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Tart Tatin with Vanilla Ice Cream!
Tart Tatin- Mama’s favourite ;) Happy Mothers Day to all the yummy Mummies! XXX
Brioche- with Custard and Chocolate.
One of my absolutely favourite smell, is the smell of freshly baked brioche. It’s that calm feeling you get when you smell freshly baked bread, but brioche is different. It’s richer, its buttery, it’s comforting. I can’t get enough! This recipe is a great way to expand on how to bake with brioche dough. By adding a sweet filling of custard and chocolate, it’s a great afternoon treat with a cup of tea, or a naughty breakfast on a weekend. The dough also holds well in the freezer, so why not have them ready, all you have to do is pop them in the oven! Recipe below, enjoy! 

How to make Chocolate and Custard Brioche Rolls.

To make the dough itself is rather easy- so I decided not to have a step-by-step photo to explain. Firstly weigh 120g butter and set aside to become room temperature. Weigh into a mixing bowl 263g plain flour, 30g caster sugar and 5g salt. Roughly mix the dry ingredients together. Once combined, weigh 6g instant yeast into the dry mix. In a measuring jug, weigh 132g eggs (crack approximately 4 eggs, whisk together and pass through a sieve before weighing.) and 45g whole milk. Using an electric mixer and a dough hook, slowly add the liquid into the dry ingredients on a slow speed. Once the all the liquid has been added, increase the speed to medium, allowing the dough to be kneaded. After 5 minutes on the machine, add the room temperature butter and continue on medium speed for a further 5 minutes. Place the dough in a lightly greased bowl, (it will have a sticky consistency) covering it with cling film and place in the fridge for 2 hours. The first photo above was taken at this stage. 

Once chilled, it is easier to handle. Lightly dust the worktop with flour and roll the dough into a square, approximately 0.5cm thick. Once rolled, place on a baking sheet and place back in the fridge.

I used a simple creme patissier recipe. Bring to the boil 200g whole milk with one vanilla pod. In a separate bowl, weigh 50g caster sugar and whisk them with 3 egg yolks. Once combined, add 20g plain flour. Pour the hot milk onto the mix, whisking thoroughly making sure not to have any lumps. Remove the vanilla pod, and pour back into the pan and bring to the boil, making sure to be whisking constantly. When cooked, it should have a glossy, thick finish. Allow the creme patissier to cool before using onto the dough. I decided to pipe the creme patissier, which made it easier to spread onto the dough. Chop 100g dark chocolate and sprinkle onto the creme patissier.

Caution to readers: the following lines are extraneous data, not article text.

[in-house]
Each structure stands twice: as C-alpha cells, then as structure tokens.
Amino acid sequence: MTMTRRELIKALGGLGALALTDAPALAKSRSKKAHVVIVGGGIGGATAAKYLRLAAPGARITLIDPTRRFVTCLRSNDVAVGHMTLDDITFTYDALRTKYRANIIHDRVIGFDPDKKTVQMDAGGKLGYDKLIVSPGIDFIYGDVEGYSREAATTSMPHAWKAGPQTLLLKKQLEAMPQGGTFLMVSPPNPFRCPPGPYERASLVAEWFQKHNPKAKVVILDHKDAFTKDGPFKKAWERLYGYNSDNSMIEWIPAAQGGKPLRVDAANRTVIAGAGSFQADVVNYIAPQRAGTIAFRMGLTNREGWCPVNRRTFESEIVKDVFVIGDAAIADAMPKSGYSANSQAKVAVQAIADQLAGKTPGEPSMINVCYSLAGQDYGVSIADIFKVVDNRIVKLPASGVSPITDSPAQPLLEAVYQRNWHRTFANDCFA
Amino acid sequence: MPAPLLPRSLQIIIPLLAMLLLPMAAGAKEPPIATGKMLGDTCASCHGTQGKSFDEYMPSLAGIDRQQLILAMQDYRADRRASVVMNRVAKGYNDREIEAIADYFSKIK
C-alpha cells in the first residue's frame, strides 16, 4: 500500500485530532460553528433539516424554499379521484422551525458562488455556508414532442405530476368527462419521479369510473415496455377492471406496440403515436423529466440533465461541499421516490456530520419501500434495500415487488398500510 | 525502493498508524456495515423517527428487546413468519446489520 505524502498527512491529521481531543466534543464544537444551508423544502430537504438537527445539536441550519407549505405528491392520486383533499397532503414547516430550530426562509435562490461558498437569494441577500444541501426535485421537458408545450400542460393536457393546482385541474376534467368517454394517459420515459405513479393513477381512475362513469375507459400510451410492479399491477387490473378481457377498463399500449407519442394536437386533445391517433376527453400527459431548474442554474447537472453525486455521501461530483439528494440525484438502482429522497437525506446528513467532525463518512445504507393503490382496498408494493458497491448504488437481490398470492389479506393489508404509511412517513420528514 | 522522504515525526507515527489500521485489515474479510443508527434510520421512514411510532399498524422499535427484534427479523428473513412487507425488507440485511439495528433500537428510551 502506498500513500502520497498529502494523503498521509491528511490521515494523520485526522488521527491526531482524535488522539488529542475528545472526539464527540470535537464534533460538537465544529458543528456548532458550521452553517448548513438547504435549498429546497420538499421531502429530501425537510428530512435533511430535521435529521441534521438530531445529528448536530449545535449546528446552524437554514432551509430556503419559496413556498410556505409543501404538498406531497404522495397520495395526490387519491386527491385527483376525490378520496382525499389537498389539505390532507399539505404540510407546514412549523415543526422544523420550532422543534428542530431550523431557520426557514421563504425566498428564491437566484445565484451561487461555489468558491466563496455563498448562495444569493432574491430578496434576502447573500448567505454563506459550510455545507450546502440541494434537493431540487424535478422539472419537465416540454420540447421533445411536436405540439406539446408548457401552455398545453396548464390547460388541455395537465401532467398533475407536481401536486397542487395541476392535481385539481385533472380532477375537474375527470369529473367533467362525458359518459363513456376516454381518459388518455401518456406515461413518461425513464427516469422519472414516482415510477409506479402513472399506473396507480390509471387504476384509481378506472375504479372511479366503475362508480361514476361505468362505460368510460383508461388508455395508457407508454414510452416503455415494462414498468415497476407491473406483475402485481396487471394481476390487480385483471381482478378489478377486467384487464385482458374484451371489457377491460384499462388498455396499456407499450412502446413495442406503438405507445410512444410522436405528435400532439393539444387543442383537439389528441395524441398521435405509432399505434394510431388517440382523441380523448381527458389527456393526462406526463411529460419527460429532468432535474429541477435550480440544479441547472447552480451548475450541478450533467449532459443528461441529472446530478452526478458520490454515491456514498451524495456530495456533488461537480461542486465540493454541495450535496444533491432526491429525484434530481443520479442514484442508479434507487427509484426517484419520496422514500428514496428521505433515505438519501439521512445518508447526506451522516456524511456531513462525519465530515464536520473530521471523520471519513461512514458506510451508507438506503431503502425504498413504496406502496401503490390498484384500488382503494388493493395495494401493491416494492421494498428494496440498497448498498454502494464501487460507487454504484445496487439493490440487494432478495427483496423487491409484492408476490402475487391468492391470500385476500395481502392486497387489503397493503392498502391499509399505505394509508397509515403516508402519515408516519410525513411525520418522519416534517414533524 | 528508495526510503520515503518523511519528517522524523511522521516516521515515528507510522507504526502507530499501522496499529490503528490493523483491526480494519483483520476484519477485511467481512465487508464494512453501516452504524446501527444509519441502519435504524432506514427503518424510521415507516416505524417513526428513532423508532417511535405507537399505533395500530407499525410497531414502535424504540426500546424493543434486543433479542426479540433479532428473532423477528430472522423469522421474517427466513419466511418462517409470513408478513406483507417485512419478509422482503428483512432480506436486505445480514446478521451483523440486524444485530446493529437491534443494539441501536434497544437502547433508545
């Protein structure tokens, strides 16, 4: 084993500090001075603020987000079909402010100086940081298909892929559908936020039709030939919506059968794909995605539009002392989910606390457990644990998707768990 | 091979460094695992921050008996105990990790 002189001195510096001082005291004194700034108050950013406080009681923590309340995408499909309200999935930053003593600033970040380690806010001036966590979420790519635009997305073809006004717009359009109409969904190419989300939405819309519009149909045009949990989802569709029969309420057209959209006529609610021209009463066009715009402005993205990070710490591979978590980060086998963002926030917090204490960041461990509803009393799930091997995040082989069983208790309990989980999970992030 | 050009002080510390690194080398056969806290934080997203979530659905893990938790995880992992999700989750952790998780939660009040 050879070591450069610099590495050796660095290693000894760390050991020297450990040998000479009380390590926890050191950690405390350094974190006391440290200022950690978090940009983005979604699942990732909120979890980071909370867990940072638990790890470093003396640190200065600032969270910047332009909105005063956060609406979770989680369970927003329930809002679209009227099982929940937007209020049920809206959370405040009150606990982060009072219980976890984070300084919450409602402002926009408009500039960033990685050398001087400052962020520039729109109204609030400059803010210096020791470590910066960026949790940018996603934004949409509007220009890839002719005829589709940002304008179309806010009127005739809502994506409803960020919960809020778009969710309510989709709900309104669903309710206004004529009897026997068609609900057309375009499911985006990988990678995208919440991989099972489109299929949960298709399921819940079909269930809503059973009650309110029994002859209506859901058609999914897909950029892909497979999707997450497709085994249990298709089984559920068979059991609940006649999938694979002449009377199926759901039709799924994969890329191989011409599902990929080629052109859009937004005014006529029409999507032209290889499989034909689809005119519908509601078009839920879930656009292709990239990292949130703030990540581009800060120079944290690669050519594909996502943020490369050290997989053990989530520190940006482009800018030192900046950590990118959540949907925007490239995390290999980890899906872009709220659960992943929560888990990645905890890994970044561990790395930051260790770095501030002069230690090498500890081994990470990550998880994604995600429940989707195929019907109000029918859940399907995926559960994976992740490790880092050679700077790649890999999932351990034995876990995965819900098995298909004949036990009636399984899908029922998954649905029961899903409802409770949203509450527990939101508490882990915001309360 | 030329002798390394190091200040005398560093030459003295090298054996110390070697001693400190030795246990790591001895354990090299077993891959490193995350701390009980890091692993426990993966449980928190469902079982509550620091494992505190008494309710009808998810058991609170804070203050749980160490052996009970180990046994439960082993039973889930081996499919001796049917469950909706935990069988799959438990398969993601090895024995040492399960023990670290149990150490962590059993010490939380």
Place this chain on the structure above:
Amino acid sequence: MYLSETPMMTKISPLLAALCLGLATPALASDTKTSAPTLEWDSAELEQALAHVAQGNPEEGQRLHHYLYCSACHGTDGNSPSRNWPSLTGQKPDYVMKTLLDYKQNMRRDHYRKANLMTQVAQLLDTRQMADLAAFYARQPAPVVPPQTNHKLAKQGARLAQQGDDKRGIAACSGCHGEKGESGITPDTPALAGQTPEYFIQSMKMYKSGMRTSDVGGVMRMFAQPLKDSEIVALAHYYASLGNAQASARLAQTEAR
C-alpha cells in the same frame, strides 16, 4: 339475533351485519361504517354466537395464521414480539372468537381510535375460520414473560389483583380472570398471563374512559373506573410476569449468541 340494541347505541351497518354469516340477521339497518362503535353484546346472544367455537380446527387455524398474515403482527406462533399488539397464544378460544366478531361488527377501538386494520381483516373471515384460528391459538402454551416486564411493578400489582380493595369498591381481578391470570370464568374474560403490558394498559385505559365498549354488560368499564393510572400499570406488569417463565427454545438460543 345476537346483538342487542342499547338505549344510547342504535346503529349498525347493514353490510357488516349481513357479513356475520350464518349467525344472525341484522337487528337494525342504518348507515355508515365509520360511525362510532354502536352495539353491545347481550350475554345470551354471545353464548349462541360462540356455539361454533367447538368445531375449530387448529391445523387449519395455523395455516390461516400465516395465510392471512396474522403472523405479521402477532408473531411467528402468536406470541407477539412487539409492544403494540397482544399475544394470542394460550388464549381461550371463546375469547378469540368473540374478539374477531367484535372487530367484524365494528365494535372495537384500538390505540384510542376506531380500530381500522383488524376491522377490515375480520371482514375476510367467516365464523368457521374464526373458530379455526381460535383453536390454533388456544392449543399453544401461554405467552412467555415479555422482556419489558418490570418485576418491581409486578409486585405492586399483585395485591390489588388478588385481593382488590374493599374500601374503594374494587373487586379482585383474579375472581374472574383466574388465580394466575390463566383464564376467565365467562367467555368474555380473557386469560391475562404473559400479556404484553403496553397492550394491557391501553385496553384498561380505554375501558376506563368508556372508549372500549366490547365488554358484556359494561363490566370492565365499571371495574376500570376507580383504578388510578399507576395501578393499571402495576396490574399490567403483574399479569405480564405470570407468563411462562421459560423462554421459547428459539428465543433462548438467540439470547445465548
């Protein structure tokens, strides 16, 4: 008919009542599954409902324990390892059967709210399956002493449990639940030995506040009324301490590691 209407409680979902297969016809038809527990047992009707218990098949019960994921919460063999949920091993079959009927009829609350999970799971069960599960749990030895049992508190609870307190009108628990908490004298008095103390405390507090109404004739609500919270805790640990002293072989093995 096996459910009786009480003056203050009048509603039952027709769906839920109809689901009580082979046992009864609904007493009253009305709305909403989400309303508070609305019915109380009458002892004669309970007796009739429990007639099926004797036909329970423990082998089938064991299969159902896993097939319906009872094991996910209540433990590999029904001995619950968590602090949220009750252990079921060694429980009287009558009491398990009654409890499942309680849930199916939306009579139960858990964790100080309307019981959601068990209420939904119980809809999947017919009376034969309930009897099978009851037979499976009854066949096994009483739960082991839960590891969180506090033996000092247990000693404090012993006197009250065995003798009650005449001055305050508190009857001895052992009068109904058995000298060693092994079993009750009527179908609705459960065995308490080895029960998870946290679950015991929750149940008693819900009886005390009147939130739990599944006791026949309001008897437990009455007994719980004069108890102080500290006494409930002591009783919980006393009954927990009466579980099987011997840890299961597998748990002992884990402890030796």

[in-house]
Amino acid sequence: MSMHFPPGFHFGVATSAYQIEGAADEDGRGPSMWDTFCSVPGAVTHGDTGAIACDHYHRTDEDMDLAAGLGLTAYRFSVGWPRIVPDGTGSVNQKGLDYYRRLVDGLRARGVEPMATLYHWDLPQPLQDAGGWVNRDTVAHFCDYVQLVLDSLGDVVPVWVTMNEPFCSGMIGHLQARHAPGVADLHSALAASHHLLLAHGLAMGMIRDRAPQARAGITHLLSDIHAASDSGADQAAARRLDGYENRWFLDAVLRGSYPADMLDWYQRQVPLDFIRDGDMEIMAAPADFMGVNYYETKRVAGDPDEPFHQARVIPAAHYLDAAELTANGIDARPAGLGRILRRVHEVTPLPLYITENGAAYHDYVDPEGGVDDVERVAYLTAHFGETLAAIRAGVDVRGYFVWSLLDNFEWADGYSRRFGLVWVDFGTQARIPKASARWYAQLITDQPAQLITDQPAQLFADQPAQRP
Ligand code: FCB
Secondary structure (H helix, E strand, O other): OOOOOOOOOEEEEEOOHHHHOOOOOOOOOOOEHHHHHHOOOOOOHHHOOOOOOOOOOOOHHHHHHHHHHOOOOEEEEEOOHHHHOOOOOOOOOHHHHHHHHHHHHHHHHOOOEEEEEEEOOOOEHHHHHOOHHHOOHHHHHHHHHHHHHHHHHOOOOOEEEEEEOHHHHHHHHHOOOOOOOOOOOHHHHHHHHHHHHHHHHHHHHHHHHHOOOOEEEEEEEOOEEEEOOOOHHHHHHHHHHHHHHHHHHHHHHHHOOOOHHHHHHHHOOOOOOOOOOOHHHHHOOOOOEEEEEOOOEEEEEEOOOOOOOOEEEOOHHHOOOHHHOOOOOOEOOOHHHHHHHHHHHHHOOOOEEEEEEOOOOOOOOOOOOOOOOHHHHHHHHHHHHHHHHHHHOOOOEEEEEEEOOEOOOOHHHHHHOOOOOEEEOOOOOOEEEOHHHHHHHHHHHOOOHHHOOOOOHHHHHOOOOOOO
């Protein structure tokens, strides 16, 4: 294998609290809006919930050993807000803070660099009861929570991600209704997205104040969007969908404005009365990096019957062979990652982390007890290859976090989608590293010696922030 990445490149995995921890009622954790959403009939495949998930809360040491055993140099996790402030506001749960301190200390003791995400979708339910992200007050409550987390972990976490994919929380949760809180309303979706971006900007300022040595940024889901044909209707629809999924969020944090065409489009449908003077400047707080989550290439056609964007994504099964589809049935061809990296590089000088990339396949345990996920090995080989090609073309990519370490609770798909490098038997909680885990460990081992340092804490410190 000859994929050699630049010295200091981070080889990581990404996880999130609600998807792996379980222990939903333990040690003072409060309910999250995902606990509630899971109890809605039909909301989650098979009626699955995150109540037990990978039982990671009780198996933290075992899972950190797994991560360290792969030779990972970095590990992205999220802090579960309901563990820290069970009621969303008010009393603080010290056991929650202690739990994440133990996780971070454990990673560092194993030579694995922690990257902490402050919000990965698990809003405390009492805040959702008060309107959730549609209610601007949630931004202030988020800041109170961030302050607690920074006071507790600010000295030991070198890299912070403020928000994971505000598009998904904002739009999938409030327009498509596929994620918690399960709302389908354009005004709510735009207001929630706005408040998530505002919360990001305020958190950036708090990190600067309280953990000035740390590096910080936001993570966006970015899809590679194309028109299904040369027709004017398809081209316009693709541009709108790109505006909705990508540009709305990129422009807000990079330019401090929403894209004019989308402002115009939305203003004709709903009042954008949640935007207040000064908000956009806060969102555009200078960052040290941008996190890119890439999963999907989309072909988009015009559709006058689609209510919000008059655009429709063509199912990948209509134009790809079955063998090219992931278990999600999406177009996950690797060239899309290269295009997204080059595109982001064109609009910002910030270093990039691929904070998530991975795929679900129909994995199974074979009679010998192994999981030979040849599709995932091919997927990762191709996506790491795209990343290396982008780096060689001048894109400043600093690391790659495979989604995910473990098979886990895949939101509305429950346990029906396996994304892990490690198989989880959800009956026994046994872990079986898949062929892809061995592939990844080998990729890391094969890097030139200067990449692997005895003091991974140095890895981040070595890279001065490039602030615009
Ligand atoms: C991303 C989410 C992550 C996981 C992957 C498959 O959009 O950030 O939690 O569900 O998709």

To roll the dough, it is important to make sure there are no gaps or air bubbles- this will become more visible once the dough has proved. Once rolled, I cling filmed the dough and placed it back in the fridge for 2 hours. This will make it easier to cut the dough later on. Once chilled, cut the dough using a sharp knife, approximately 2cm thick. (If you’d like to freeze some, I would recommend to freeze then now!) Place on a baking sheet lined with greaseproof paper and allow it to prove. The proving time depends on the room temperature- I left mine for approximately 3 hours at room temperature. However- in a warm environment such as an airing cupboard, may take less time to prove. Once proved, I brushed them individually with egg wash to give it a golden, shiny finish once baked. Place in a pre-heated oven at 160 degrees for 15 minutes, or until golden.

Happy Birthday Aya! 

It was my darling Sister’s birthday on Christmas Day, so I wanted to make a cake tailored to her favourite flavours- chocolate and amaretti. Using this as a starting point, I decided to add orange, which compliments both chocolate and amaretto. 

The cake consisted of Dacquiose, a hazelnut based sponge, chocolate mousse infused with orange and Disaronno, finished with homemade Amaretti cookies and flakes almonds. All the components to the cake are quite simple and easy to make, but when put together it creates a beautiful and elegant cake. (just like Aya!) Recipes below, enjoy!

How to make Dacquoise Sponge.

Start by weighing 160g icing sugar, 100g ground hazelnuts, 50g ground almonds and 40g plain flour (Gluten free flour can be used) and place into a food processor to create a finer texture.

To make the French meringue, place 180g egg whites (approximately 5 eggs) into a clean bowl and whisk until foamy. Slowly add 60g sugar and whisk until soft peaks form. Add the dry ingredients into the meringue in 2 stages, making sure not to knock out any air. 

Place the mixture into a lined cake tin and place in a pre-heated oven at 165 degrees for 12 minutes.

How to make Chocolate Mousse.

This recipe can be used to make a very simple Chocolate Mousse, served on its own. It can be poured into individual glasses and served as a dessert, or used as part of a cake. This recipe uses an Anglaise base, which gives it a lovely creamy texture.

First, melt 400g dark chocolate. (Milk chocolate can be substituted, but if you’d like to use white chocolate weigh 450g.) Set aside. Place 8g gelatine in cold water and set aside. 

Place 500ml whipping cream into a bowl and whisk until soft peaks. Keep in the fridge until needed.

To make the Anglaise, pour 325ml whole milk in a pan. Since this mousse is orange infused, zest 3 large oranges into the milk and bring to a gentle simmer. In a small bowl, weigh 20g yolks (approximately 1 egg yolk) and add 50g sugar. Mix by hand and pour the hot milk onto the yolks. Pour back into the pan and while on a low heat, whisk constantly while it heats. To make the perfect anglaise, the liquid must reach 83 degrees. This can be done by eye by using the ‘wooden spoon trick’. Dip the back of a wooden spoon with the anglaise and run your finger across it. If the line is still visible without the liquid dripping down, it is ready. Make sure not to overcook the anglaise- it will look like scrambled eggs! Once the anglaise is ready, take it off the heat and add the soaked gelatine.